It is easy to oppose US foreign policy on moral grounds, but unfortunately there are real and practical concerns that Progressives must deal with if our beliefs are to remain grounded in reality. One of these concerns is energy scarcity (peak oil).
As Michael Ruppert points out in “Crossing the Rubicon”, our entire way-of-life is based on the abundance of affordable energy. If our energy supply runs out, the world will plunge into chaos and a good many of us will die of war and starvation. Think, for a moment, of all the energy that goes into producing and transporting our food alone.
So the Neocons come to power with a plan that at least delays the inevitable. Obviously, the only way these morons are allowed to rule is because enough of the ruling elites think their plans make sense. So, my thinking is...if we Progressives could come up with a more desirable plan, we might be allowed to rule and the elites might rig the next election in our favor. See, the mistake is to believe that we live in a Democracy. In reality, you have to achieve your ends by selling to power so that power can sell to the people. If you go directly to the people with a great idea, you are so easily undermined by big media and corporate power. Look at Dennis Kucinich or Ralph Nader.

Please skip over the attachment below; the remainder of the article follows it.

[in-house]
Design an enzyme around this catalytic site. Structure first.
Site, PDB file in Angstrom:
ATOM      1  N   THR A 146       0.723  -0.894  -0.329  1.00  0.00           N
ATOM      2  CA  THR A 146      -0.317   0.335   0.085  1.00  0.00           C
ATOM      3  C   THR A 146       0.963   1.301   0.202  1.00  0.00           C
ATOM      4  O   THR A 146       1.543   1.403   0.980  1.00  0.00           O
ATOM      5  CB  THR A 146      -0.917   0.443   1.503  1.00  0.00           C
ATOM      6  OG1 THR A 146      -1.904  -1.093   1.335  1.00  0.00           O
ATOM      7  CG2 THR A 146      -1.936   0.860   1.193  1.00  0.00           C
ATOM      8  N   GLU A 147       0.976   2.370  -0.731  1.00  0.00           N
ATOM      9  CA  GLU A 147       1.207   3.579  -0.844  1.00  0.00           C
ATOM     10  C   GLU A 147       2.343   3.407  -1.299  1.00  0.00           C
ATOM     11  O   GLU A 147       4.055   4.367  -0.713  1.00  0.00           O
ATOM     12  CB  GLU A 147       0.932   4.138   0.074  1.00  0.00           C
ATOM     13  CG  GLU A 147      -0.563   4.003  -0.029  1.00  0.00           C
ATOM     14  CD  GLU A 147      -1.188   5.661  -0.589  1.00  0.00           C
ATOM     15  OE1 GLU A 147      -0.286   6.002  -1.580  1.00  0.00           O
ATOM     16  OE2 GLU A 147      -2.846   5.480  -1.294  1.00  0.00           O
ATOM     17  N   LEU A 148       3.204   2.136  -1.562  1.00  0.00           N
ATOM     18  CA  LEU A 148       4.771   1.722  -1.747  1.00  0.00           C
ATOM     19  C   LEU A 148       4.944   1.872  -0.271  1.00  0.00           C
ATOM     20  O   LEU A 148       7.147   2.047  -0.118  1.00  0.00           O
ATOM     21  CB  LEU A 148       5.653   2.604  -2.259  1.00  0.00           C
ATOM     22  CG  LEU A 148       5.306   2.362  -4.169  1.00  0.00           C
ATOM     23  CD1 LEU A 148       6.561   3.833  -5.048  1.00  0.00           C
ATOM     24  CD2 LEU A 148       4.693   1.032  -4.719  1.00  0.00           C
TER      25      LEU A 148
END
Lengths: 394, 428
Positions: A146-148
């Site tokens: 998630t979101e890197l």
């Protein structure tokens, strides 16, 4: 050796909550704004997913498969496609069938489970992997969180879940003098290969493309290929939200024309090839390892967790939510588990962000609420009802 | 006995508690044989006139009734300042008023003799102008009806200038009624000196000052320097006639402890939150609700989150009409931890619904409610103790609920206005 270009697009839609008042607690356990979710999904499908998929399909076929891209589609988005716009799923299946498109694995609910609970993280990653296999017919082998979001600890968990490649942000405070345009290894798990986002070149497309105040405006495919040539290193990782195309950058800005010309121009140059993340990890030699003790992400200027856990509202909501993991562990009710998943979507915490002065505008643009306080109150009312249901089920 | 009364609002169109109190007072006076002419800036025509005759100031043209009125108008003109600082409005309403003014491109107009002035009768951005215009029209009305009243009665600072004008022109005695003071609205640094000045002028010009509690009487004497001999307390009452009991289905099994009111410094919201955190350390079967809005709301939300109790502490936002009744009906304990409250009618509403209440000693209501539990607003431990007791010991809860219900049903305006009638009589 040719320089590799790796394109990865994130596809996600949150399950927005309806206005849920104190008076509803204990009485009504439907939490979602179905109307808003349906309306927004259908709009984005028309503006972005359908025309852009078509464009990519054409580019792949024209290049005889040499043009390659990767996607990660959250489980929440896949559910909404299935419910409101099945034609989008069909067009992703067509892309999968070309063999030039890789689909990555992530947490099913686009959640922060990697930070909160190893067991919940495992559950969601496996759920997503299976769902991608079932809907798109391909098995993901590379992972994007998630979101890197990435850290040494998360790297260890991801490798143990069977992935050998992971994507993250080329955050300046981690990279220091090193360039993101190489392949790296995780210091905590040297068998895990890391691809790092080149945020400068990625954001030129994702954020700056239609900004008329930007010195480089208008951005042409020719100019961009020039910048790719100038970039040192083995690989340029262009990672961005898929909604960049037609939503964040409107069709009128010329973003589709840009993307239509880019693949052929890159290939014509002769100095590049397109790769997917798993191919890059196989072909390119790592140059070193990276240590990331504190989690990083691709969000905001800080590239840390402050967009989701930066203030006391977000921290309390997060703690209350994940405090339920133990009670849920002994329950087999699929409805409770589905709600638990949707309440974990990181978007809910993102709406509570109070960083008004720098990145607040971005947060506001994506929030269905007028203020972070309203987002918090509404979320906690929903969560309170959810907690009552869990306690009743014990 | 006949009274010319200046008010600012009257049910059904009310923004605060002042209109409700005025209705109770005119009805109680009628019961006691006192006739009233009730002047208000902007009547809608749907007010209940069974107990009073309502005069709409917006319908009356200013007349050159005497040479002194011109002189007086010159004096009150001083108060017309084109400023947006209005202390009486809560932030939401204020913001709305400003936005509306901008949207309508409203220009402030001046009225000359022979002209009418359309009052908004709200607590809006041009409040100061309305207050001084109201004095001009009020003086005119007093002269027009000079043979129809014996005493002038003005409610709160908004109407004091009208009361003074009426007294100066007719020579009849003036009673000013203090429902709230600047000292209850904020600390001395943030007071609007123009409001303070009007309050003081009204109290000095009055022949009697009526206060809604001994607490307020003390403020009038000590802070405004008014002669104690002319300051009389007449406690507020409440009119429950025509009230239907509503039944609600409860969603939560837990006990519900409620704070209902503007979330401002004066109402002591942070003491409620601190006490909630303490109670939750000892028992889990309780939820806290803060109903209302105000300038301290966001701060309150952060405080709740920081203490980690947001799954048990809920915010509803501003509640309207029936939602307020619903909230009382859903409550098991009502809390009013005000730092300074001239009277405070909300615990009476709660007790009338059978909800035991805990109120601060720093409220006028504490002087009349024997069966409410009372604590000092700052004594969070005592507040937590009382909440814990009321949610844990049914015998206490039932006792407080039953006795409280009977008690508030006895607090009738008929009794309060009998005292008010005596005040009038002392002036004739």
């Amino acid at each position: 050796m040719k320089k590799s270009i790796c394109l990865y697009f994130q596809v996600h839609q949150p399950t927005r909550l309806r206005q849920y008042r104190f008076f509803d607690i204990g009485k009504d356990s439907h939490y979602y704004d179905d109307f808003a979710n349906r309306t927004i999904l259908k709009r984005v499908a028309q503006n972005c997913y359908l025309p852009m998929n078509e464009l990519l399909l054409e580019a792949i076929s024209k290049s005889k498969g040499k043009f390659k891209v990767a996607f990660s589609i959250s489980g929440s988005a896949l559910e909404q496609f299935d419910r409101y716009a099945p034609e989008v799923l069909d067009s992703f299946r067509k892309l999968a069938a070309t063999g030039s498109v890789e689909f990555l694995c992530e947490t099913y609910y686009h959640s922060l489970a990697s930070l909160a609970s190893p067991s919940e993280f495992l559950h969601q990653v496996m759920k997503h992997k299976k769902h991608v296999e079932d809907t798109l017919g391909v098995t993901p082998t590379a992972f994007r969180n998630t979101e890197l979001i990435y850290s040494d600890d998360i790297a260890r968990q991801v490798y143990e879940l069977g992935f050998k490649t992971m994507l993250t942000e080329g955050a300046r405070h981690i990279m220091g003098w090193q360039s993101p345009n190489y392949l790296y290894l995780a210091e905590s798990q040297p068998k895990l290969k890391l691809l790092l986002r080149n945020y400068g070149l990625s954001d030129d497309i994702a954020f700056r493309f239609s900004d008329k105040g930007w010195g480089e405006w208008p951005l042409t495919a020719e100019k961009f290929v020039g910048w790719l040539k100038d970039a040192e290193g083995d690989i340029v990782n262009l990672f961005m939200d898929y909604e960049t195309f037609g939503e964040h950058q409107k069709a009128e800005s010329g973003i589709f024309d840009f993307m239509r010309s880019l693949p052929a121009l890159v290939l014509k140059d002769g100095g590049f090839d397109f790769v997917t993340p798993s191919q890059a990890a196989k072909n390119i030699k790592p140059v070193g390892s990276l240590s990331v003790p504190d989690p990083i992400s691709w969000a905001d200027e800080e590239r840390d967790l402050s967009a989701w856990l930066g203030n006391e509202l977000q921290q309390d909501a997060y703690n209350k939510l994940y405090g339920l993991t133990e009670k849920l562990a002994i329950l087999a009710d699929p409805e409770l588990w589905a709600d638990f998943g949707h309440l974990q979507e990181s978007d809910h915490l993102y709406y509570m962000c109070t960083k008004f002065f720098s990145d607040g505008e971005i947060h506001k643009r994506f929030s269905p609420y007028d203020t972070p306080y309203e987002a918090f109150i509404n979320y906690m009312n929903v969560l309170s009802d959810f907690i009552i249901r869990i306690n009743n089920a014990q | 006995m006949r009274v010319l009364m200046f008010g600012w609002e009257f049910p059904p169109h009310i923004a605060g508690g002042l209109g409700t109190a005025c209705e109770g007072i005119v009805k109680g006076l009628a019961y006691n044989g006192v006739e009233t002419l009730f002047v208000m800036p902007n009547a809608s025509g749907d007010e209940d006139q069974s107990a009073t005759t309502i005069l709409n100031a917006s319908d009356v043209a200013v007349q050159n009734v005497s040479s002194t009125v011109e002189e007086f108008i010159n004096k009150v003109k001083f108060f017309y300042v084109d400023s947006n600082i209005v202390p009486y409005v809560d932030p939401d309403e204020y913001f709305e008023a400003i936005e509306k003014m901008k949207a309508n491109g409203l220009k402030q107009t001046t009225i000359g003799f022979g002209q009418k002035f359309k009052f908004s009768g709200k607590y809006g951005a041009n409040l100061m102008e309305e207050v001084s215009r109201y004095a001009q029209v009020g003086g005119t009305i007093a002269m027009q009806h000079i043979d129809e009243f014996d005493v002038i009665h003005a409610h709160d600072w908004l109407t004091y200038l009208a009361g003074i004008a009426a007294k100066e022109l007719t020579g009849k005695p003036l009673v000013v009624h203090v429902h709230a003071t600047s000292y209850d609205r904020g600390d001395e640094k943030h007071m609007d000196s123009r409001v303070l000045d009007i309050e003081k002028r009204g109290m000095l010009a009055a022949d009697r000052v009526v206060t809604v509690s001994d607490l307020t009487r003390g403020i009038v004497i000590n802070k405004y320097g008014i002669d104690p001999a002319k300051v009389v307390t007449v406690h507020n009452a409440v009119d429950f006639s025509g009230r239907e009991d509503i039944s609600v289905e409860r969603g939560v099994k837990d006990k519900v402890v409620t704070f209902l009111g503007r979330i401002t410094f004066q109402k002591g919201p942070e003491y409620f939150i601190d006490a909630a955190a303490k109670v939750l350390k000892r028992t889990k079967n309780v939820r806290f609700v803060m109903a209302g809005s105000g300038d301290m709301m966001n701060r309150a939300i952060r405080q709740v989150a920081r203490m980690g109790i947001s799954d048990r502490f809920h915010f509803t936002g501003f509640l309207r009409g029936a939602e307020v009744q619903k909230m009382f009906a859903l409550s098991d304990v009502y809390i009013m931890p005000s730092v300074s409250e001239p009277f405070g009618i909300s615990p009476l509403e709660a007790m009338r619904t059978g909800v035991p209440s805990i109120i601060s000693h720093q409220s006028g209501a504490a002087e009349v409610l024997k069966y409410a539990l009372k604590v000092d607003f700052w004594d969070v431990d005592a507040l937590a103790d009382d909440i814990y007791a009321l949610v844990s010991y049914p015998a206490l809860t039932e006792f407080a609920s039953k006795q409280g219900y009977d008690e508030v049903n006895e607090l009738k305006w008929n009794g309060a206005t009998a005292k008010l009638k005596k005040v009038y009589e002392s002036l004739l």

So the Neocon plan actually makes a lot of sense logistically: you have the resources, but we want them so we'll take them. Oh, and in the process of doing so we'll make the rich elites even richer. Oh, and in the process of making the rich richer we'll build weapons that can be used for population control when the oil runs out. The ruling elites may not want to kill us off in an ideal world, but if push comes to shove they'll surely do it to save themselves.
I know...the Dems talk about "inventing our way out of this problem" and becoming "self-sufficient", but how many PNAC-like think-tanks have they set up to determine exactly how that would be done...to actively plan and manipulate world events so that it *is* done? Progressives also talk a lot about conserving energy, which certainly has to be a key component of any viable strategy, but for some reason this message isn't being sold well enough to the right people.
What exactly can *really* be done to balance severe scarcity with values like equal opportunity and justice for all? We can't really deliver on our promises unless we have a specific, viable plan to fix energy scarcity and material scarcity in general.